Taipei, --Shares of Hon Hai Precision Industry Co. (??), an assembler of iPhones and iPads for Apple Inc., came under pressure Thursday after U.S.-based integrated circuit designer Qualcomm Inc. filed a lawsuit against the Taiwanese firm for not paying royalties, dealers said.
Qualcomm said a day earlier that it had filed a complaint in the District Court of the Southern District of California against Hon Hai as well as Taiwan-based Pegatron Corp. (??), Wistron Corp.(??) and Compal Electronics Inc. (??), which all make iPhones or iPads for Apple, for breach of royalty payment agreements.
Hon Hai shares fell 0.97 percent to close at NT$102.00 (US$3.38) on the Taiwan Stock Exchange, while Pegatron and Wistron also lost 2.05 percent and 0.73 percent, respectively, to end at NT$90.70 and NT$27.30.
Bucking the downturn, Compal gained 0.73 percent to close at NT$20.70 after hitting an early low of NT$20.25.
The weighted index on the main board closed down 0.44 percent at 9,969.45 points in the wake of a plunge on Wall Street overnight. Hon Hai shares were also affected by the weakness of the broader market, dealers said.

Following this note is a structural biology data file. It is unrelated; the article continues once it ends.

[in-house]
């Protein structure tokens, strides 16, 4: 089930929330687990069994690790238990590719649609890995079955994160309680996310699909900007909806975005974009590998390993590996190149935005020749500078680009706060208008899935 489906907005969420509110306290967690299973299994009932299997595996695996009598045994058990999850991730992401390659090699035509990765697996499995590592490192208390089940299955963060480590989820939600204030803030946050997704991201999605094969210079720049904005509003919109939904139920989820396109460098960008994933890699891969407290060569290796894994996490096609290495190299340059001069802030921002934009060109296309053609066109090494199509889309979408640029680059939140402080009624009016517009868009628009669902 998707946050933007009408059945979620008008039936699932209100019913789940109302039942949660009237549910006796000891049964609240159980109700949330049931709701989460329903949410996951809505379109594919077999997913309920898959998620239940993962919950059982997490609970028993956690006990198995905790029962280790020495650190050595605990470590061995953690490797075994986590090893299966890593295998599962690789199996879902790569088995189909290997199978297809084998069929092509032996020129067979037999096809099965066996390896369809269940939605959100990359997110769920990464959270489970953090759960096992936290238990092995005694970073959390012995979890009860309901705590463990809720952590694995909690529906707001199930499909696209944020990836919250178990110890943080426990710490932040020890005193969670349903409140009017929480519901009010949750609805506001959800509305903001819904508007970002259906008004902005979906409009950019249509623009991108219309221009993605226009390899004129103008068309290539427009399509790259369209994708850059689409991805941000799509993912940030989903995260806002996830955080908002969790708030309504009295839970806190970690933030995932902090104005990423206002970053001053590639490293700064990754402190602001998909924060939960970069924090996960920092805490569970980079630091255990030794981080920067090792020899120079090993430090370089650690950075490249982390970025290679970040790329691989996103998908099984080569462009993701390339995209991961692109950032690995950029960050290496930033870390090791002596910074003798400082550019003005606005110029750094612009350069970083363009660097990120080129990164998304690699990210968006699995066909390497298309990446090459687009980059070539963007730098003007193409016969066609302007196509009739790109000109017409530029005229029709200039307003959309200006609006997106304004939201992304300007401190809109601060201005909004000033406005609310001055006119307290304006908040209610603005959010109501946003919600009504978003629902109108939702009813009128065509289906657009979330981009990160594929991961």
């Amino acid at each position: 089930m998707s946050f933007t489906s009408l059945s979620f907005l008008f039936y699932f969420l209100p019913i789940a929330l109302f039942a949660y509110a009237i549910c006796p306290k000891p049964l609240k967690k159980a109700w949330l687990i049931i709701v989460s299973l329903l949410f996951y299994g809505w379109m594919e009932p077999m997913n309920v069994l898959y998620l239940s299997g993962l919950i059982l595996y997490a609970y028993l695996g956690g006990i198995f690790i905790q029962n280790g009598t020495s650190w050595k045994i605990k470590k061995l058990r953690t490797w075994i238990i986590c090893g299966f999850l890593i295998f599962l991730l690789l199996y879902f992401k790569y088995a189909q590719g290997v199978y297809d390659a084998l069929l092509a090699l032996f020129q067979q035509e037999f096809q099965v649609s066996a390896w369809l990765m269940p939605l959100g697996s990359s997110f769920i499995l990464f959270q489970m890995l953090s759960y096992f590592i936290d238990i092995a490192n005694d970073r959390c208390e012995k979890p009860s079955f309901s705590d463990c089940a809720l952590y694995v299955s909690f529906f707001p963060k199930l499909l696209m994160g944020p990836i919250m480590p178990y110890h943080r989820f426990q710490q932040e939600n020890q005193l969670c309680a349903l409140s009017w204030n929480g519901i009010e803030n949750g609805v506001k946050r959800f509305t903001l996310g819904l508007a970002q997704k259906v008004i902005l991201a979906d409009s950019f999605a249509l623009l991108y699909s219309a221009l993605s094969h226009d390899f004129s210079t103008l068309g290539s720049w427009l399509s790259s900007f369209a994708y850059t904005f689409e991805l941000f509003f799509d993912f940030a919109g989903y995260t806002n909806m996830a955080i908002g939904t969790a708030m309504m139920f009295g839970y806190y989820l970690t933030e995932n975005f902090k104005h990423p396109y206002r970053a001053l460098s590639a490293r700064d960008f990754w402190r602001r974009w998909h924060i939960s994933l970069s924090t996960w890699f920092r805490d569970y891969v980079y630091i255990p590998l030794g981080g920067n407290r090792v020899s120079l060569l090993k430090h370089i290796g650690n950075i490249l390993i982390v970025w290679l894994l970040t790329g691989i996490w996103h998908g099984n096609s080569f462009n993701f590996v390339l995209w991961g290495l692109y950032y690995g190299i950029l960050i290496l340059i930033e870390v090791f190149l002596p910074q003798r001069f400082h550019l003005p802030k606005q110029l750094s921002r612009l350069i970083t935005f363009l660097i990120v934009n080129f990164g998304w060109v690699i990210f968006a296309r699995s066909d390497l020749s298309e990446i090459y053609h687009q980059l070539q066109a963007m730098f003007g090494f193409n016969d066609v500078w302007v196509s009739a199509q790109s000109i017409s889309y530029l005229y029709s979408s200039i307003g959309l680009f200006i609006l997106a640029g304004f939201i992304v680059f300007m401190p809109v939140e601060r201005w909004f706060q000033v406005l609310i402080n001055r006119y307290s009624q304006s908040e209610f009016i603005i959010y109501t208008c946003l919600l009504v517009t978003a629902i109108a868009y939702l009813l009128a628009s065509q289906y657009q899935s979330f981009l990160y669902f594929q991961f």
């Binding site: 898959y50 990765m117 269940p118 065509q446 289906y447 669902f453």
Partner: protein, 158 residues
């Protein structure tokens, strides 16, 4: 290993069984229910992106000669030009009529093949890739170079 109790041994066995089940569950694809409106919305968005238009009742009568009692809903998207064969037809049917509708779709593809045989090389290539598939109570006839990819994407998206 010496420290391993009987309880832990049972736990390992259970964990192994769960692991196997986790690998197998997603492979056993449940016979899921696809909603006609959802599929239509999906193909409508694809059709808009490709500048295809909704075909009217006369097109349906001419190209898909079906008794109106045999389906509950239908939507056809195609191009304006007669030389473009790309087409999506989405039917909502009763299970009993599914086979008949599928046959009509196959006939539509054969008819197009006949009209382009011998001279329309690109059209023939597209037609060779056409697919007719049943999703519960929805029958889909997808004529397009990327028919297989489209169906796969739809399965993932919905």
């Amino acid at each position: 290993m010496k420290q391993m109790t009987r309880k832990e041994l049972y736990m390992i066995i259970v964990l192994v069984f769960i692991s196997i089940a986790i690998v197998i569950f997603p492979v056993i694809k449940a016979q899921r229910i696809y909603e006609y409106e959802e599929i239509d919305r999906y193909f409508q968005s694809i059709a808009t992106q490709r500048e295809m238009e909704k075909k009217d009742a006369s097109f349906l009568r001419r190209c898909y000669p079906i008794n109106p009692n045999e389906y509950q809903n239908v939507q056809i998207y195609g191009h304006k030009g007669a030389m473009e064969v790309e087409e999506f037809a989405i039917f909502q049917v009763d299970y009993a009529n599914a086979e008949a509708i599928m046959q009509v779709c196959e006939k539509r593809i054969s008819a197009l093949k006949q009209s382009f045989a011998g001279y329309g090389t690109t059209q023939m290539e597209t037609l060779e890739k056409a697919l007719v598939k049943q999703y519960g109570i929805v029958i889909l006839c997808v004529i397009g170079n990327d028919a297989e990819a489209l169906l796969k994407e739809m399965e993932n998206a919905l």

However, Hon Hai shares saw strong technical support around NT$100.00 after the stock fell to NT$100.50 at one point in the morning session, dealers said.
Qualcomm said that Apple advised its contract suppliers, referring to the four Taiwanese manufacturers in the case, to withhold royalty payments and agreed to indemnify them against any damages resulting from the breach of their royalty payment agreements with the IC designer.
"Despite a long history of consistently paying royalties under their license agreements with Qualcomm, the manufacturers now are refusing to pay royalties on the Apple products they produce," the IC designer said in a statement.
"While not disputing their contractual obligations to pay for the use of Qualcomm's inventions, the manufacturers say they must follow Apple's instructions not to pay," Qualcomm said.
Qualcomm said that the move by Apple to advise the four firms to withhold their royalty payments is aimed at forcing the IC designer to agree to an "unreasonable demand for a below-market direct license."
"The manufacturers must continue to live up to their obligations under these agreements, and Apple should immediately cease its interference," Qualcomm said.
Although Qualcomm did not disclose any financial terms in the royalty payment agreements with the four firms, the local media reported Thursday that the four could have to pay about NT$30 billion (US$993 million) in total to the U.S. IC designer.
Qualcomm and Apple have been in a legal battle, and now the impact has spread to the four Taiwanese firms.
Apple sued Qualcomm in January, accusing the IC designer of overcharging for smartphone chips, and refused to pay about US$1 billion in rebates the iPhone vendor had previously promised.
Source: Focus Taiwan News Channel